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The jab was a bolt of beauty, a cobra striking again and again at the already reddened and swollen face of Mike Weaver. It always begins this way—with the wicked jab. It is the drum roll for another anticipated brilliant performance by Larry Holmes, 29, the heavyweight champion of those portions of the globe that no longer swear fealty to Muhammad Ali.
"The jab is my dogs," a confident but troubled Holmes had said a few hours before his WBC title defense against Weaver last Friday night at Madison Square Garden. "I send the dogs out, then I go in."
Early in the first round the dogs were off their leads and doing their work. Weaver, 26, an ex-Marine from Pomona, Calif., was verifying the rumors about his abilities: he was plodding and easy to hit. He looked every bit the unappealing out-bet underdog he had been labeled by the Las Vegas bookies and the New York TV moguls.
The crowd of 14,136, the fans who watched on closed circuit in 45 locations, and the two million subscribers in their living rooms who could be thankful that Home Box Office shelled out the fire-sale price of $150,000 to buy a fight program that the three major networks deemed unworthy of display, warmed to the promise of Holmes' heavy fists.
The mood had been properly set, first by Jimmy Young, who had waddled in at 235 pounds, 23 more than he weighed when he beat George Foreman in 1977, but 24 fewer than he weighed only three weeks before this fight. He stifled a merry outcry at his obesity by knocking out one Wendell Bailey in the third round.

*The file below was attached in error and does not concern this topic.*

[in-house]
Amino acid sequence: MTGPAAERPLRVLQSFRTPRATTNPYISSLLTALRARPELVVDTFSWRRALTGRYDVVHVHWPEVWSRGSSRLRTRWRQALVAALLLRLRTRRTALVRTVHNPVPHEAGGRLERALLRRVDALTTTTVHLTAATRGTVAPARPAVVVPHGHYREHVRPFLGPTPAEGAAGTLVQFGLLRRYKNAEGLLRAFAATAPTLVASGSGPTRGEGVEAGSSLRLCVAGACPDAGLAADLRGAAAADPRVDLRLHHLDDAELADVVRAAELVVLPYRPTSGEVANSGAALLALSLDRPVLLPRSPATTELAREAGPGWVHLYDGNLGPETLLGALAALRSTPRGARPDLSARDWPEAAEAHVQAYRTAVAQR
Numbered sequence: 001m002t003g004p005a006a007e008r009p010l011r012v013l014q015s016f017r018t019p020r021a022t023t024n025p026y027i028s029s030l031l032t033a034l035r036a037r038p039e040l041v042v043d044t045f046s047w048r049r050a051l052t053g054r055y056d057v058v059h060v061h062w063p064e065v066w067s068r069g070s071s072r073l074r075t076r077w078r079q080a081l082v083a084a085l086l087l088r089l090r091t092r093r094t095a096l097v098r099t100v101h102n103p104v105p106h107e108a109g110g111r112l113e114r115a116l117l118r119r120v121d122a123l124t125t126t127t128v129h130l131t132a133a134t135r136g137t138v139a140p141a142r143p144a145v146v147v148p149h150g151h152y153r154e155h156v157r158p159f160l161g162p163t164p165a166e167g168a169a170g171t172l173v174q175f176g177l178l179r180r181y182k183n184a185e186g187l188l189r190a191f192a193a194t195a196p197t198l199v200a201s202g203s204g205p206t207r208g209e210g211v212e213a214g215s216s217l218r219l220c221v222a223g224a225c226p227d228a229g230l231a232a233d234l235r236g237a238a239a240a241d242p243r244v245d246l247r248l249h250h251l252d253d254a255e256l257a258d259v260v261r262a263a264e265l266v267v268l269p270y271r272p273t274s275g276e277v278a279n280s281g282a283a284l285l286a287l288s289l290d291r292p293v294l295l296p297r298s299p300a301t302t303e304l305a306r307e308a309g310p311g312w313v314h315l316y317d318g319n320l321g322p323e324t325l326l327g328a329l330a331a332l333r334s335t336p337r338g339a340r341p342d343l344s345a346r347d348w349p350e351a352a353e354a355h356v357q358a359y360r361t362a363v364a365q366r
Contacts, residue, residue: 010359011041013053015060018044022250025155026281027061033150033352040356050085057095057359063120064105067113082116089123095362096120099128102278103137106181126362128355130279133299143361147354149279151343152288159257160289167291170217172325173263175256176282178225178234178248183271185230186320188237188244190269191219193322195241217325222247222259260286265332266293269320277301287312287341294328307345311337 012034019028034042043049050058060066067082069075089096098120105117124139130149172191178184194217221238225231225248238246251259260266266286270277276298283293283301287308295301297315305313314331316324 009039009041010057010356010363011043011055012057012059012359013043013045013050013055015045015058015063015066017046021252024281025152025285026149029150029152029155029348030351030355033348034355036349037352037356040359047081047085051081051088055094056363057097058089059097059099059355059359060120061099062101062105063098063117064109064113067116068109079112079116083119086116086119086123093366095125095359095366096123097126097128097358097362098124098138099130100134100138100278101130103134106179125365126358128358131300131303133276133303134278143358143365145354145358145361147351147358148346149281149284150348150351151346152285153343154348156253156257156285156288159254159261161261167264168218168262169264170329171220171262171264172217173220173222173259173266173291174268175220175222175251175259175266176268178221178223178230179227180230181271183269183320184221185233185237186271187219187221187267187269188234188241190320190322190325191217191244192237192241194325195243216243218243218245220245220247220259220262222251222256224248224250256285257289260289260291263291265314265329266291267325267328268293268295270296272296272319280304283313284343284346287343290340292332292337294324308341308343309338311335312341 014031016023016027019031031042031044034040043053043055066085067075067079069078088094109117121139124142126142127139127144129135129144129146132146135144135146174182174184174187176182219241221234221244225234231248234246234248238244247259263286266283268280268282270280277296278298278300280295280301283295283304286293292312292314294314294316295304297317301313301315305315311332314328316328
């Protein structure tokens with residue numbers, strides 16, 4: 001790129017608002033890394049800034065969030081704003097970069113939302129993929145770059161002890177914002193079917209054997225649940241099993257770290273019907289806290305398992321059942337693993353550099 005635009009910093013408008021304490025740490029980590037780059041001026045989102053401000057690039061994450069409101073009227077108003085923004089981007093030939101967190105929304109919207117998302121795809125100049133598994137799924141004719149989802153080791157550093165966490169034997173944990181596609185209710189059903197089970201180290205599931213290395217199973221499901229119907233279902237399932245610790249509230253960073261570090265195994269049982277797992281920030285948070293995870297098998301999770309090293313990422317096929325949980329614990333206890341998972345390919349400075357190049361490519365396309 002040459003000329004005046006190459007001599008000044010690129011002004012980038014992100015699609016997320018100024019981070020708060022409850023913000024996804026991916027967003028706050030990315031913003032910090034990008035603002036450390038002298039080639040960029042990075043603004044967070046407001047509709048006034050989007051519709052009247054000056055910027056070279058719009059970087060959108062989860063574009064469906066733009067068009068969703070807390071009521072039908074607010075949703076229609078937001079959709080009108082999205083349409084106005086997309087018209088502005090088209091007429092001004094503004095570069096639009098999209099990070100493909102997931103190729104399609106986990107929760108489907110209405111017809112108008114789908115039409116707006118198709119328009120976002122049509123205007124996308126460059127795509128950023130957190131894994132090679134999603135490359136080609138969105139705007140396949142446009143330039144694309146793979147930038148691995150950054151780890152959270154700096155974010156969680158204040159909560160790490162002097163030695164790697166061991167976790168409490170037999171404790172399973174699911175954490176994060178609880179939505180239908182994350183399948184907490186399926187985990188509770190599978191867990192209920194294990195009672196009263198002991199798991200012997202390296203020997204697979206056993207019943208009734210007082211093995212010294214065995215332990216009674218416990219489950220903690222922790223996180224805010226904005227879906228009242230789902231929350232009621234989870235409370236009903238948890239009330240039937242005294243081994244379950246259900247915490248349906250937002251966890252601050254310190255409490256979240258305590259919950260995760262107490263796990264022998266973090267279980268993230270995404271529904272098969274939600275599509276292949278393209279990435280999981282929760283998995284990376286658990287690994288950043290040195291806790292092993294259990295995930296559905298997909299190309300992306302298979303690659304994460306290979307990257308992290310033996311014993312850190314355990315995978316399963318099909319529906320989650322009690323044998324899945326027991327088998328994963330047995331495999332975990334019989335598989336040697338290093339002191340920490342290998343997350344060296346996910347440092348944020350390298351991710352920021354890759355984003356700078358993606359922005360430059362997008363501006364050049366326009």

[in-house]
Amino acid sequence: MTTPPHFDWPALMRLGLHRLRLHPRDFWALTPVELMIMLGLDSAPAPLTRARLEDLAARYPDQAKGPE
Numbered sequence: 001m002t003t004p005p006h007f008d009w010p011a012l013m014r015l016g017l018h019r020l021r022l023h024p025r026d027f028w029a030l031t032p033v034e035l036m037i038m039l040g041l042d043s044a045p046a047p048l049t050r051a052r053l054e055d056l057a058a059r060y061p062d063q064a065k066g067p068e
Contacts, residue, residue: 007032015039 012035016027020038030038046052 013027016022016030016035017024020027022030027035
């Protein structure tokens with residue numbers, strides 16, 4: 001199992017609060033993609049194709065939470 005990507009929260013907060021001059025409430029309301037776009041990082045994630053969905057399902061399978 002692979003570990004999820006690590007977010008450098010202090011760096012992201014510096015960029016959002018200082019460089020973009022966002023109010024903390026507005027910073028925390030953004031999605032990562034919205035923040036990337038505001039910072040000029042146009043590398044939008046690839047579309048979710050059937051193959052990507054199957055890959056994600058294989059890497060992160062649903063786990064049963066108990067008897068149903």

Then it was the turn of Roberto Duran, bringing a sense of almost surrealistic beauty to savagery, fighting for the first time as a welterweight and, after 10 brutal rounds, chasing Carlos Palomino, the former WBC champion, into retirement. Duran had been awesome among the lightweights, whom he ruled without mercy for seven years. He may be even better at 147 pounds. The higher weight slowed Duran not at all. He bewildered Palomino with flicking head and shoulder feints; he battered him with punches thrown at blinding speed. At times, just for fun, he feinted from the left, feinted from the right, and then, with Palomino in a flux of frantic confusion, stepped back and flashed a wolfish grin as Palomino untangled himself. Duran won 99-90 on all three cards.
"Aw, I wasn't that good," he said after this, his 66th victory in 67 fights. "I didn't train that hard in Panama. I guess I am just lazy. But next time I will train very hard. Next time I will be very good."
Next time should be against Pipino Cuevas, the WBA champion, sometime in September. And the time after that he should be matched with the winner of December's Sugar Ray Leonard-Wilfredo Benitez WBC championship fight.
"I don't think any of those people want to fight Roberto," said Carlos Eleta, Duran's patron and manager. "But now we leave them no choice. We have them in a position where they can't run from us."
Despite the action-filled welterweight fight, Friday night belonged to Holmes. He is an immensely proud man, and, despite the fact that he privately downgraded Weaver, it annoyed him that his fight was drawing less media attention than Duran vs. Palomino.